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The Koch Brothers Are Bankrolling Local Efforts to Kill American Public Transit

"At the end of the day, fuel consumption helps them."

light rail

The development of public transit, particularly when it is sustainably powered, is often seen as positive for both impoverished communities and the environment—especially considering that transportation is the largest contributor to the nation's total greenhouse gas emissions. (Photo: Oran Viriyincy/cc/flickr)

The oil baron billionaires Charles and David Koch are bankrolling astroturf campaigns across the United States to kill investment in public transit, according to a "must-read" investigation published Tuesday by the New York Times.

"Stopping higher taxes is their rallying cry. But at the end of the day, fuel consumption helps them."
Ashley Robbins, Virginia Tech transportation researcher

"Since 2015, Americans for Prosperity has coordinated door-to-door anti-transit canvassing campaigns for at least seven local or state-level ballots. In the majority, the Kochs were on the winning side," the Times reports, referencing the political advocacy organization funded by the Koch Brothers.

David Koch served as chair of Americans for Prosperity until he stepped down from his political and business roles earlier this month due to his declining health.

"Americans for Prosperity and other Koch-backed groups have also opposed more than two dozen other transit-related measures—including many states' bids to raise gas taxes to fund transit or transportation infrastructure—by organizing phone banks, running advertising campaigns, staging public forums, issuing reports, and writing opinion pieces in local publications," the report continues.

The development of public transit, particularly when it is sustainably powered, is often seen as positive for both impoverished communities and the environment—especially considering that transportation is the largest contributor to the nation's total greenhouse gas emissions. As the Times notes, "the paucity of federal funding for transit projects means that local ballots are critical in shaping how Americans travel."

As environmental and anti-poverty advocates have pushed for spending tax dollars on rail and bus programs in communities across the country, Americans for Prosperity's anti-transit organizing efforts have also targeted cities and counties nationwide—from Phoenix, Arizona and central Utah, to Little Rock, Arkansas and southeast Michigan, to Nashville, Tennessee.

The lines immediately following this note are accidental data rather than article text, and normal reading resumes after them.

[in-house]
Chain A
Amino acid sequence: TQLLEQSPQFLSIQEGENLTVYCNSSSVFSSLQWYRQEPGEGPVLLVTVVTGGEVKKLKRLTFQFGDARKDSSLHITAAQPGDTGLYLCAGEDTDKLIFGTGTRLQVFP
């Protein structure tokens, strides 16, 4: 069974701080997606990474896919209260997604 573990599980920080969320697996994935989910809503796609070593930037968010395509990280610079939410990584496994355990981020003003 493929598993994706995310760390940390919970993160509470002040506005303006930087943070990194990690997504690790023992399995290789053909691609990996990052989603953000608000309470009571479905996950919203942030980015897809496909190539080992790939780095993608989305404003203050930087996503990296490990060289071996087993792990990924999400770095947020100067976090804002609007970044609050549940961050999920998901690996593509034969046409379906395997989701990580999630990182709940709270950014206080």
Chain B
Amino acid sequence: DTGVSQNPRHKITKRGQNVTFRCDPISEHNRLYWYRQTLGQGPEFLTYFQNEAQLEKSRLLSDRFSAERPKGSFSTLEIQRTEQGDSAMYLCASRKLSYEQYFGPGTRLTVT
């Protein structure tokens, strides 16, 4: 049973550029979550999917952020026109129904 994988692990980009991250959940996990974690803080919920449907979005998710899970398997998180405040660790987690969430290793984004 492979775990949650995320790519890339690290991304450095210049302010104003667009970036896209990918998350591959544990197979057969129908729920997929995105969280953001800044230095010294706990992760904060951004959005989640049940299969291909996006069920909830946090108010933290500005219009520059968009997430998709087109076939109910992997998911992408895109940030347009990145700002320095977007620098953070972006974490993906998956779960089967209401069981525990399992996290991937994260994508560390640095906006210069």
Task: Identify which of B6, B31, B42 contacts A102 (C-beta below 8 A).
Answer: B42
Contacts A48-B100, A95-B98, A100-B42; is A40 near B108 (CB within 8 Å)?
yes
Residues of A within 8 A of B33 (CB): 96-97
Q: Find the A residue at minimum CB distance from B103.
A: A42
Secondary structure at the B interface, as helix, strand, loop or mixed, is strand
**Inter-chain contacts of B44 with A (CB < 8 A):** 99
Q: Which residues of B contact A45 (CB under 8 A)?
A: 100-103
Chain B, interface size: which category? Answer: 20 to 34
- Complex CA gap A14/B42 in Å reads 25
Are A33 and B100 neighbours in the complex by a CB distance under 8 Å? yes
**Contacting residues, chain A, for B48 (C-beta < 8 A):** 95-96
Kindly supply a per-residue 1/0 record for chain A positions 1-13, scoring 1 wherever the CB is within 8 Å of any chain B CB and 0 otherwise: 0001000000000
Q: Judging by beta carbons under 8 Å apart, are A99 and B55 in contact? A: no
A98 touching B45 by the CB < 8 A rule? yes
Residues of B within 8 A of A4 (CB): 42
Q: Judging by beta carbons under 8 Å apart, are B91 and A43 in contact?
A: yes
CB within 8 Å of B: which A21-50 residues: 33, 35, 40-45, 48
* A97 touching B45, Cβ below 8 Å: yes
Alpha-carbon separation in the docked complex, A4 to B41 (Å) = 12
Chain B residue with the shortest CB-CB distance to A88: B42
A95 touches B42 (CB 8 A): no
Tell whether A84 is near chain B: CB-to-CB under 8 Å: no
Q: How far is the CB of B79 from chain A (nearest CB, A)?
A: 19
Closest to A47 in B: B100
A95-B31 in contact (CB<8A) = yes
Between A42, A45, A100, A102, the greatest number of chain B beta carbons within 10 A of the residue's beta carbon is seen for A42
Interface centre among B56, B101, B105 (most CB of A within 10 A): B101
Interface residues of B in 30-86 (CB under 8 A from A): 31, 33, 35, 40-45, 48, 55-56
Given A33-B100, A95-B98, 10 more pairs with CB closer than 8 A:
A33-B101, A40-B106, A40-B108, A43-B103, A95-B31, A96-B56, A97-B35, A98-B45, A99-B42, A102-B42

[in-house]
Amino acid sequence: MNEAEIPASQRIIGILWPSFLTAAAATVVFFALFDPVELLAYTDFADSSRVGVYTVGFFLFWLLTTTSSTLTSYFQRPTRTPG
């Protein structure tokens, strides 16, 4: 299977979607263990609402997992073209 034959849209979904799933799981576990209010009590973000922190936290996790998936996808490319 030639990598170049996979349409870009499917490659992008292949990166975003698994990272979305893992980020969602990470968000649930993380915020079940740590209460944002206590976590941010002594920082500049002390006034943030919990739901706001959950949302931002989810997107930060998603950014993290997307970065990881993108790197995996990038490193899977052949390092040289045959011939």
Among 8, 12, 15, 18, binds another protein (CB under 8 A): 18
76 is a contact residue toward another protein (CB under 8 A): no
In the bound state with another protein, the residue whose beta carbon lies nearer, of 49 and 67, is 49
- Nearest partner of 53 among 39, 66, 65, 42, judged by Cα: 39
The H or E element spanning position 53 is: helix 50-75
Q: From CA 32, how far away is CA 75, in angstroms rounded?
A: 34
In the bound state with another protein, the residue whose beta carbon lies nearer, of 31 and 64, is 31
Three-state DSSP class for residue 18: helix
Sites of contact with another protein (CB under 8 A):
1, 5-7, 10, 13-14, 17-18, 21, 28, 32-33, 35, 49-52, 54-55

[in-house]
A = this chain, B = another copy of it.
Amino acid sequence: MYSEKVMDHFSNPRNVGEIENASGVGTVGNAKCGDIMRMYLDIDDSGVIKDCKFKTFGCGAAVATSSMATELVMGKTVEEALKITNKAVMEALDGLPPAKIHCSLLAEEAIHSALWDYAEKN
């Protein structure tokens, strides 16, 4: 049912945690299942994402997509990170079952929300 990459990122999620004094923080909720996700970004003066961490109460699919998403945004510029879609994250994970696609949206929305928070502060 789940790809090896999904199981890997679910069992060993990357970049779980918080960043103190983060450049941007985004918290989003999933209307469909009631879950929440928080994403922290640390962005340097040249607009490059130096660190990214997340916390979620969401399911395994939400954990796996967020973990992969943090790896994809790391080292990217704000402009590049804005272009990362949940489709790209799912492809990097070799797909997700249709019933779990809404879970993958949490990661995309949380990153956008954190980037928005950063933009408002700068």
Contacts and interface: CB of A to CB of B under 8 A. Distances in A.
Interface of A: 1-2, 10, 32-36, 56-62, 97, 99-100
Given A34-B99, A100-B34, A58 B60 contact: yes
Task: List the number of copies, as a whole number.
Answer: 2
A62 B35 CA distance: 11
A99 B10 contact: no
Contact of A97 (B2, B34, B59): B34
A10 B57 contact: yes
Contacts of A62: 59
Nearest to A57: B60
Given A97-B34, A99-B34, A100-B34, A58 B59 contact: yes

And while the brothers' opposition to investment in public transit aligns with their far-right, libertarian ideals, as the Times points out, "it also dovetails with their financial interests, which benefit from automobiles and highways."

As the newspaper explains: "One of the mainstay companies of Koch Industries, the Kochs' conglomerate, is a major producer of gasoline and asphalt, and also makes seatbelts, tires and other automotive parts. Even as Americans for Prosperity opposes public investment in transit, it supports spending tax money on highways and roads."

A spokesman for Koch Industries told Times that the company does not control Americans for Prosperity's activities and that the group's efforts to kill public transit are not connected to the company's interests. Critics and readers were not so convinced. "Stopping higher taxes is their rallying cry," Ashley Robbins, a transportation researcher at Virginia Tech, told the newspaper. "But at the end of the day, fuel consumption helps them."

New Yorker journalist Jane Mayer, author of the book Dark Money: The Hidden History of the Billionaires Behind the Rise of the Radical Right, tweeted:

No matter the role the billionaire brothers' financial interests play in setting the agendas of Americans for Prosperity's state chapters, the local campaigns they fund are certainly having an impact.

In Nashville, for example, campaigners armed with iPads featuring a data service called i360—which profiles local voters who may be susceptible to their arguments based on public registration information—went door-to-door to convince residents to reject a sweeping $5.4 billion transit spending plan that was backed by the mayor and several local businesses.

"The boldest municipal transit plan in recent memory," as CityLab detailed in May, "would have launched five light-rail lines, one downtown tunnel, four bus rapid transit lines, four new crosstown buses, and more than a dozen transit centers around the city."

"The ramifications of the plan's failure—which followed the failure of a big bus rapid transit scheme called AMP in 2015—could be larger, culturally, and politically,"CityLab added, noting that residents rejected the plan by a 2-to-1 margin. "Another transit initiative may not be in the offing soon."

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